Bruins' failure to add forward depth at trade deadline could prove costly


The Boston Bruins failed to upgrade their scoring depth in a meaningful way before Monday's NHL trade deadline, and it could end up costing them in the 2022 Stanley Cup Playoffs.

Bruins general manager Don Sweeney did a good job bolstering the blue line over the last few days by acquiring star defenseman Hampus Lindholm from the Anaheim Ducks and depth defenseman Josh Brown from the Ottawa Senators. 

But the lack of reinforcements up front was a huge swing and a miss.

Sure, Sweeney gave up three valuable picks (one first- and two second-rounders) as part of the Lindholm deal, but he still had more than $5 million in salary cap space, all of his prospects and other draft picks to make a deal for an offensive forward. It's far from ideal to leave that much cap space on the table when this could be Patrice Bergeron's final season and maybe Boston's last good chance to win a Stanley Cup for a while.

David Krejci left the Bruins last July to finish his career at home in the Czech Republic. Sweeney had eight months to find a quality replacement at second-line center and he struck out in both free agency and the trade market.


Charlie Coyle wasn't a fit on the second line and, while Erik Haula has played well in that role between star wingers Taylor Hall and David Pastrnak, he's been struggling offensively with a six-game scoring drought and just one point in his last nine games. Haula was even demoted to the fourth line for a bit last week. 

The Bruins reportedly were aggressive in their pursuit of top-six center Claude Giroux, but the Philadelphia Flyers captain wanted to go to the Florida Panthers and Philly made the move.

What was the Plan B after Giroux?

The B's failed to get all of the best forwards available entering Monday.

Winnipeg Jets forward Andrew Copp went to the New York Rangers. Anaheim Ducks center/winger Rickard Rakell went to the Pittsburgh Penguins. Vancouver Canucks center J.T. Miller, winger Brock Boeser and winger Conor Garland were not dealt. Arizona Coyotes winger Phil Kessel surprisingly was not traded. 

In an absolutely loaded Eastern Conference that saw nearly all of the top teams make meaningful additions, it's fair to wonder if the Bruins have enough offense to make it through three rounds and reach the Cup Final.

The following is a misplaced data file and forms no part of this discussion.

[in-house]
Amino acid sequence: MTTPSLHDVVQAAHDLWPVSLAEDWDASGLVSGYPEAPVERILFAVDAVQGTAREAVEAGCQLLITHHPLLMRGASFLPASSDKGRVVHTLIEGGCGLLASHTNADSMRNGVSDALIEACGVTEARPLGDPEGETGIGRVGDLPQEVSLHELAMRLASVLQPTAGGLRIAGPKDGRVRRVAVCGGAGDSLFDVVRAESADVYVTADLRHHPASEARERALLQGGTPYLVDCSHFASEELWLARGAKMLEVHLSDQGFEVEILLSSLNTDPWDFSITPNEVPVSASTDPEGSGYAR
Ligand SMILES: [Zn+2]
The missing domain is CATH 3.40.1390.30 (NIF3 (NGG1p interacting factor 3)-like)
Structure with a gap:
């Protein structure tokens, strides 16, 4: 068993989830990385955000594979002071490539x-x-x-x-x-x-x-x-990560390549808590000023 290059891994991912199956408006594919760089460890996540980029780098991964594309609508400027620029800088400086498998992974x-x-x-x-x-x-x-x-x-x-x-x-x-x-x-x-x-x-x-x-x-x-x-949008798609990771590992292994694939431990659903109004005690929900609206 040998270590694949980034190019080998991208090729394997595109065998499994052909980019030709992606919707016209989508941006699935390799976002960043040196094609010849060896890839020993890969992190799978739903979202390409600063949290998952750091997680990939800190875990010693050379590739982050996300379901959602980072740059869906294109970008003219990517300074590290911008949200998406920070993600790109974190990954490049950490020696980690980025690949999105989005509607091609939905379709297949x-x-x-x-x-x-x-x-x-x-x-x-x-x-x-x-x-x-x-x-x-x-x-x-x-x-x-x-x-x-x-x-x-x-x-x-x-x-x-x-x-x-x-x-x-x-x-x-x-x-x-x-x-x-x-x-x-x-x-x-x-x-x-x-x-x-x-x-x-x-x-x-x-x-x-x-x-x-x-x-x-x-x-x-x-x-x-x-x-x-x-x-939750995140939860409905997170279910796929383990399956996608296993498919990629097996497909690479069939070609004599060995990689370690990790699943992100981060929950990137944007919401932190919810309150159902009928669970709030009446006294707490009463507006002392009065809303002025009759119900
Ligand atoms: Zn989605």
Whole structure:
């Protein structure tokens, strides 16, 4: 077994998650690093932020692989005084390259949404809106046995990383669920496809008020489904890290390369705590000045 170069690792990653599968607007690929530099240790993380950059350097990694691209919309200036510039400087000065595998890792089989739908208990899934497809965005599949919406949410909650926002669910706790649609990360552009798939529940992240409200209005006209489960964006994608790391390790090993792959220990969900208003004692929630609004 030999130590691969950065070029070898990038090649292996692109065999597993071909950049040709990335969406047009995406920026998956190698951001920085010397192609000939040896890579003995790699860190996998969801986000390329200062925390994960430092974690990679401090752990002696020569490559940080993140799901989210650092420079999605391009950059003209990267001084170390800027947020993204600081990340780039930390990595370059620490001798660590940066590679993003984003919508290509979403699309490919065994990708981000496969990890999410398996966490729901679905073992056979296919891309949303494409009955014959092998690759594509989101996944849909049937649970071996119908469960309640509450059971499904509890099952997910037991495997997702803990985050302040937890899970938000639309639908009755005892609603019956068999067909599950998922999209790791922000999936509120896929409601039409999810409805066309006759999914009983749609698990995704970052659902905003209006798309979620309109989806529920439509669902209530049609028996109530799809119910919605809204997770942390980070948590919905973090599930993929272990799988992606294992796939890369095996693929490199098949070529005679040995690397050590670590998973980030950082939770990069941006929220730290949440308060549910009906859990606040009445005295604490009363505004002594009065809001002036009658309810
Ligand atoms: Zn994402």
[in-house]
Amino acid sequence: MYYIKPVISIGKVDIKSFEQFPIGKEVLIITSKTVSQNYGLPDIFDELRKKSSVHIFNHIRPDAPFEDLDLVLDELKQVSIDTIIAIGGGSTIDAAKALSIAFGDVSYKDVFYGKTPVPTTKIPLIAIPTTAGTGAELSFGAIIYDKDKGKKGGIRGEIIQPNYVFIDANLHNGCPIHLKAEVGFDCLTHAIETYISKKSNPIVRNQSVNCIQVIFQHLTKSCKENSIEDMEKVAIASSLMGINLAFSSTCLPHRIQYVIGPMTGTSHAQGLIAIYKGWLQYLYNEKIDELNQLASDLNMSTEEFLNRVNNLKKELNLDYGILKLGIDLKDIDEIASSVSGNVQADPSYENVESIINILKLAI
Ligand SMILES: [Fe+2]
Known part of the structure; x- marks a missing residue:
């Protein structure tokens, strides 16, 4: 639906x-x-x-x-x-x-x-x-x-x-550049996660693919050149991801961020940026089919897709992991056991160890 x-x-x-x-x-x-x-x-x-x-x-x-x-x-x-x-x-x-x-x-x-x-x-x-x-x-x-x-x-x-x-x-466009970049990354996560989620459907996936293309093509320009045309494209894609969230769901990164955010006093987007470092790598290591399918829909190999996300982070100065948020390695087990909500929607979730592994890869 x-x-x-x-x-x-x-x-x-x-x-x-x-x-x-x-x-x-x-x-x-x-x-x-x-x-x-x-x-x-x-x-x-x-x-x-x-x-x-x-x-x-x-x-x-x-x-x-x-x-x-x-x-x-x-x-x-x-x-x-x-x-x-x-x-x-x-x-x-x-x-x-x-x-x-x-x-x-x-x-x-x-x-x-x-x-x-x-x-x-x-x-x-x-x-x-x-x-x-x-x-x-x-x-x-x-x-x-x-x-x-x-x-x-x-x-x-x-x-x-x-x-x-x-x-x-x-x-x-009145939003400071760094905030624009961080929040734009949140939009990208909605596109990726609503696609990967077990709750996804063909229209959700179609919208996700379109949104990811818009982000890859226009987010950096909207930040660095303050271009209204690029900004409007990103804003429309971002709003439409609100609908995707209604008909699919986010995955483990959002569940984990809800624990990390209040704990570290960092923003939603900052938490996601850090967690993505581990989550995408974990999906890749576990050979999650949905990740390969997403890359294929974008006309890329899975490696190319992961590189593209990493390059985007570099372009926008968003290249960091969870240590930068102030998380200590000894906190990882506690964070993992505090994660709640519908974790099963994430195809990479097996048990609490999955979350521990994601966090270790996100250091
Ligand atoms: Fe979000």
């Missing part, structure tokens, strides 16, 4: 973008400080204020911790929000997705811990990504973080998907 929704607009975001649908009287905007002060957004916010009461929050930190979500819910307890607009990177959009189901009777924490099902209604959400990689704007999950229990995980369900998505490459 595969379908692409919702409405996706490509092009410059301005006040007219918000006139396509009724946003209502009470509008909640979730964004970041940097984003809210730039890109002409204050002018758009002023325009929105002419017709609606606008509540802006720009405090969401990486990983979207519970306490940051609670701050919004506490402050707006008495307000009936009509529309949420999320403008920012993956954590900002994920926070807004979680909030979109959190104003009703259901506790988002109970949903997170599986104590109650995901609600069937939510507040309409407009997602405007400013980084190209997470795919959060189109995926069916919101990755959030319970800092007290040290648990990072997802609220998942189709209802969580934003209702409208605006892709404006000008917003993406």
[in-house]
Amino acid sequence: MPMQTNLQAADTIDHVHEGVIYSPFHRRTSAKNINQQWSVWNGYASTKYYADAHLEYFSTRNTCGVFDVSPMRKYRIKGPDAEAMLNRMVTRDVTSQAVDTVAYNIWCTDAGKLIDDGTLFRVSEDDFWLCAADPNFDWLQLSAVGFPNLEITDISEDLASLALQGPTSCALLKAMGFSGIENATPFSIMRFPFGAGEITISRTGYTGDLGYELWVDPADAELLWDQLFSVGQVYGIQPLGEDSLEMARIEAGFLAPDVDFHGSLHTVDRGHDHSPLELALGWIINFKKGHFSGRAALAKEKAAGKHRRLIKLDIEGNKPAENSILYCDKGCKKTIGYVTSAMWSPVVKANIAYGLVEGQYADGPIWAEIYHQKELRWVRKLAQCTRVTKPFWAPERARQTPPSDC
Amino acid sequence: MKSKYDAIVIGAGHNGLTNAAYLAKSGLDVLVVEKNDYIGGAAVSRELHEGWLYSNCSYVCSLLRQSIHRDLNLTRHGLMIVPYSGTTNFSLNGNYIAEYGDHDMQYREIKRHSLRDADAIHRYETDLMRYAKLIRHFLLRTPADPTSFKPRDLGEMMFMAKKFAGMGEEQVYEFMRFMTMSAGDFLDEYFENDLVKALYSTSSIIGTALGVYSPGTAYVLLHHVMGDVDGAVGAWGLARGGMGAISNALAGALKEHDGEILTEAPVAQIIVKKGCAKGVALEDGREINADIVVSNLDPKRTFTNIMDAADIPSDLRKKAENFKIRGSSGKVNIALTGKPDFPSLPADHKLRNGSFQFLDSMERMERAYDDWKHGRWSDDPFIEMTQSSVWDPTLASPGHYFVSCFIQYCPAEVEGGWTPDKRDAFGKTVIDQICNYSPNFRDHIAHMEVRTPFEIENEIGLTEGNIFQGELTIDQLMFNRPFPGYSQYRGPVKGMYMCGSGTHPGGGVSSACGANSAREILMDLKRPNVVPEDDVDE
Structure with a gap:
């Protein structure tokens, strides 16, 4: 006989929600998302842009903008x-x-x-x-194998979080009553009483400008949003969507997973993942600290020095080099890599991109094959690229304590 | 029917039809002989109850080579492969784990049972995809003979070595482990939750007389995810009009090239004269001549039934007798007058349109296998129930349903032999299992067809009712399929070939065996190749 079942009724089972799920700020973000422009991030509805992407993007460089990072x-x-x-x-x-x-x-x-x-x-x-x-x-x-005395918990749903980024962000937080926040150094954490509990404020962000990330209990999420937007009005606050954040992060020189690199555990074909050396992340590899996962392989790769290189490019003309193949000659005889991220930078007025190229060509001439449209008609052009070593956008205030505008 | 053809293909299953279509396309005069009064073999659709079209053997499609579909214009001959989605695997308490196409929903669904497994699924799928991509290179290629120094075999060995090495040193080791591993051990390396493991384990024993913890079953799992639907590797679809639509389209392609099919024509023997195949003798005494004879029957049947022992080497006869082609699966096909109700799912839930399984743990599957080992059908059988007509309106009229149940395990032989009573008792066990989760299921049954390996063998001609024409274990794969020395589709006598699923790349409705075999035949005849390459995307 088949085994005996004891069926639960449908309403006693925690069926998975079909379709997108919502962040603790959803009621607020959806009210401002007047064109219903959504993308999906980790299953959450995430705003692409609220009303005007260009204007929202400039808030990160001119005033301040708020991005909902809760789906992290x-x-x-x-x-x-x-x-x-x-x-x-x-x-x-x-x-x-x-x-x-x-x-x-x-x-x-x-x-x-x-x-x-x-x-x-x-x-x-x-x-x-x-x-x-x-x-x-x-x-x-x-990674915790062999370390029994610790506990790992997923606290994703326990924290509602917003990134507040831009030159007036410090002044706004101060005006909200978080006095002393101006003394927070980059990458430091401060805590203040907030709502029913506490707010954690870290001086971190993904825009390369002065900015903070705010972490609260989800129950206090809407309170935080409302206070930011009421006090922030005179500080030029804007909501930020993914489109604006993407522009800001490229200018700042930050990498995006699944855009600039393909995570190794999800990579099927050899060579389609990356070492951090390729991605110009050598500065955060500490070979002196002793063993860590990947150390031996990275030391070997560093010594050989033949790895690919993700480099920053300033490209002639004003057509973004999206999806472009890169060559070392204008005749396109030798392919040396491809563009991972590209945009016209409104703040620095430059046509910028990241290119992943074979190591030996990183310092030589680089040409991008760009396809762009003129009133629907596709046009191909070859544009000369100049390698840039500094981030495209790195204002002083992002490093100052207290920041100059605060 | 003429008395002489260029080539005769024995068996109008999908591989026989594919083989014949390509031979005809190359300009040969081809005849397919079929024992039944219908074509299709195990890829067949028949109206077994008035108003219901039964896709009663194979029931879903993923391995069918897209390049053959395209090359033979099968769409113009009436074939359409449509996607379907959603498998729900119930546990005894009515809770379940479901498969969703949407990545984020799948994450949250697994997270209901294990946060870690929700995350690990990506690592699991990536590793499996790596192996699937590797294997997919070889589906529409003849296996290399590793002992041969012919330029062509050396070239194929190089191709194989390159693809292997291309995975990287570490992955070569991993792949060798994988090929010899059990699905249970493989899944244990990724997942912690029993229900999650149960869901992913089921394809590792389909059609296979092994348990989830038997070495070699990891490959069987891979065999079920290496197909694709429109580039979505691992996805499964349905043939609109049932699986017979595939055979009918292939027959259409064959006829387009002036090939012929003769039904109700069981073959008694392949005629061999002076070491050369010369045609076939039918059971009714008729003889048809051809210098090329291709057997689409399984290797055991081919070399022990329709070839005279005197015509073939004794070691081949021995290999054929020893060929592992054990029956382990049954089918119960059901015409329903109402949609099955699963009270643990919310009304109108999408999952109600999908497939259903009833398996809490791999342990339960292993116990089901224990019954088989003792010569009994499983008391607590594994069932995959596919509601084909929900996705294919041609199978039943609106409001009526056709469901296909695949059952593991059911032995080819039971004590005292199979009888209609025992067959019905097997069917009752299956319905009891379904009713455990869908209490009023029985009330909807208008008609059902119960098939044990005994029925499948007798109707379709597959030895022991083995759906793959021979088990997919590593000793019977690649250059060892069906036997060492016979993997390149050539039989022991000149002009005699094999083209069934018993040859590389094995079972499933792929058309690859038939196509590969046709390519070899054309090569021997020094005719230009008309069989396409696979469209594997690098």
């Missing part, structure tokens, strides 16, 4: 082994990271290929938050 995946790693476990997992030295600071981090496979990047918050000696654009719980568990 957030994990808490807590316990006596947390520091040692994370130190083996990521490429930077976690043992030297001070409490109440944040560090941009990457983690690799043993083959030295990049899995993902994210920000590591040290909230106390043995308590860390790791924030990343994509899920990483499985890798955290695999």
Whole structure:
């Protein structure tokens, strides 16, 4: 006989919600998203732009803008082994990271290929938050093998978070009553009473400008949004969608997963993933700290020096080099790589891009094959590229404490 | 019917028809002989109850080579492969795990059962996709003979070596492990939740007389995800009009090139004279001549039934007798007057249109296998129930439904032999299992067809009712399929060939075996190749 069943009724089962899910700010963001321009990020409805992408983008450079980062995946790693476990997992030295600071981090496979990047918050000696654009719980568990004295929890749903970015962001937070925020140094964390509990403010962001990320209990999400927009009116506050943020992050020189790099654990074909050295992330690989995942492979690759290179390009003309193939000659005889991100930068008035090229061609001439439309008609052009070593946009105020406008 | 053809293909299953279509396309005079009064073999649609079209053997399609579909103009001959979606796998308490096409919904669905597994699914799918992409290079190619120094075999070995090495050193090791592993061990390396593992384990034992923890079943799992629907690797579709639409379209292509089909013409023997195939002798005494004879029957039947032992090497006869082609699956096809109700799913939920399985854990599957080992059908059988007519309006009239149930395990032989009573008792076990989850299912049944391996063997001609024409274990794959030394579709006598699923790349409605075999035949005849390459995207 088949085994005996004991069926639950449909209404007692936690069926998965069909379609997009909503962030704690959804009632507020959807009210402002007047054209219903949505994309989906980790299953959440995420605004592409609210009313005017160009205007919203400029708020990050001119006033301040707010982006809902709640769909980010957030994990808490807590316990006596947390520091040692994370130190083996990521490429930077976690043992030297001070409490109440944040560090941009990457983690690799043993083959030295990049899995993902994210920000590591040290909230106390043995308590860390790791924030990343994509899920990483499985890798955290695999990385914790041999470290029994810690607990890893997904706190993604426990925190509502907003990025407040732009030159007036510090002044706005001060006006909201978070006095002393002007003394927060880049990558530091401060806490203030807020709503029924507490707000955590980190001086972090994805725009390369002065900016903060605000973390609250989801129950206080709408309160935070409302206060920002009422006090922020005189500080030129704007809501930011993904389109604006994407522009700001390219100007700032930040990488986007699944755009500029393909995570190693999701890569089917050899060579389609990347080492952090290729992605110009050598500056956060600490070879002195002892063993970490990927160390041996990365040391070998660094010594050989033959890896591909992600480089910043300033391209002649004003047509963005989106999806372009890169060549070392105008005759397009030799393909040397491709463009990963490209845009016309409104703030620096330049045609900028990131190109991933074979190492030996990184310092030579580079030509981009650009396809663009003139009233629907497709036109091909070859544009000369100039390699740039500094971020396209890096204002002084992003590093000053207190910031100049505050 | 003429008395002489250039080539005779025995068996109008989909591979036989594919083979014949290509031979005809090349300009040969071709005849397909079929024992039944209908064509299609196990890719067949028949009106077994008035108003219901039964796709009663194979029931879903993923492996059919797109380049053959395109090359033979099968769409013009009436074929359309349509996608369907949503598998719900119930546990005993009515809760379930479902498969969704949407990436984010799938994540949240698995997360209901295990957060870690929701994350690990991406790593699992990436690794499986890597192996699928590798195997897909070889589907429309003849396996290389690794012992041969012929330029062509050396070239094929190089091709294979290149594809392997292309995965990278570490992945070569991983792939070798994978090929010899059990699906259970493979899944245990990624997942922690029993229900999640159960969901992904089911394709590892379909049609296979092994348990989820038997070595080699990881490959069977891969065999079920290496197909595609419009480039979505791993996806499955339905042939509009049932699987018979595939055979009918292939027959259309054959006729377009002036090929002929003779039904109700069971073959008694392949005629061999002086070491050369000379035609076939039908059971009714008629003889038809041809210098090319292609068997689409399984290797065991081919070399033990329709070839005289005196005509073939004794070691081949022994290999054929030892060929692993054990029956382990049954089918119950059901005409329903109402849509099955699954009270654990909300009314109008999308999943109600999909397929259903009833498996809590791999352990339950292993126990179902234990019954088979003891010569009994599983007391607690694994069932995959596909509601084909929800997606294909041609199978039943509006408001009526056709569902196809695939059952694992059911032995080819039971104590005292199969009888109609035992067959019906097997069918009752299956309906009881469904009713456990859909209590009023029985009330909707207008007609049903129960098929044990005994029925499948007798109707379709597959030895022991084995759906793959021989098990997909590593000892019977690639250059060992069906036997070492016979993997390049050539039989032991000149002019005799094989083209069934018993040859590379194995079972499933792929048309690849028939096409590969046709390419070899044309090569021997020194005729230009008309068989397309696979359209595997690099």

Nick Goss on the B's not upgrading their scoring depth

The only move with a forward the B's made Monday was signing Jake DeBrusk to a two-year, $8 million extension. DeBrusk had not rescinded his trade request despite the new contract, per reports, and now we'll see how he responds to not getting his wish granted. DeBrusk was red-hot at the end of February with seven goals in his last five games of the month. But he's reverted back to being frustratingly inconsistent in March with one goal over his last nine games (none in his last six). 

His extension makes a trade easier in the offseason, but is anyone confident his performance will improve come playoff time?

Let's be clear: The Bruins aren't a bad offensive team and they've stepped up offensively since Jan. 1. But overall they have been pretty middle of the road in many offensive categories during 5-on-5 play. Their shooting percentage at 5-on-5 is the third-worst in the league, which highlights a lack of finish throughout the lineup.

Five of the top 10 teams in 5-on-5 goals-for percentage are potential opponents in the Eastern Conference playoffs -- Panthers (1st), Hurricanes (4th), Lightning (5th), Capitals (7th) and Penguins (10th). The Panthers (1st), Leafs (2nd), Hurricanes (7th) and Capitals (9th) all are top 10 in 5-on-5 goals scored.

Sure, the Bruins are a really strong defensive team, especially after adding Lindholm and Brown to their blue line. Rookie goalie Jeremy Swayman has played fantastic since Tuukka Rask's retirement, too.

DJ Bean: Love the trade for Lindholm, not the contract

The Bruins are built to withstand the impressive offensive firepower that will be thrown at them in the playoffs. But can they respond with enough offensive might of their own? If the top guys -- Bergeron, Brad Marchand and David Pastrnak -- don't dominate offensively, will there be enough depth behind them to beat the top contenders such as the Panthers, Lightning and Hurricanes? 


It's possible, but it's also hard to trust guys like DeBrusk, Trent Frederic, Erik Haula, Nick Foligno and others to elevate their games in the postseason. Younger players such as Oskar Steen and Jack Studnicka are unproven and haven't really played enough at the NHL level to be trusted in the playoffs.

Depth moves rarely move the needle, but they provide valuable insurance in case of injury or a player(s) going on a prolonged cold streak. If the Bruins suffer an injury or two, their depth becomes a problem real quick.

The Bruins' window to win is right now. Adding a legit top-four defenseman in Lindholm was a great move, but they needed to go further and beef up the scoring depth. In an absolutely loaded Eastern Conference that saw nearly all of the top teams make meaningful additions, it's fair to wonder if the Bruins have enough offense to make it through three rounds and reach the Cup Final.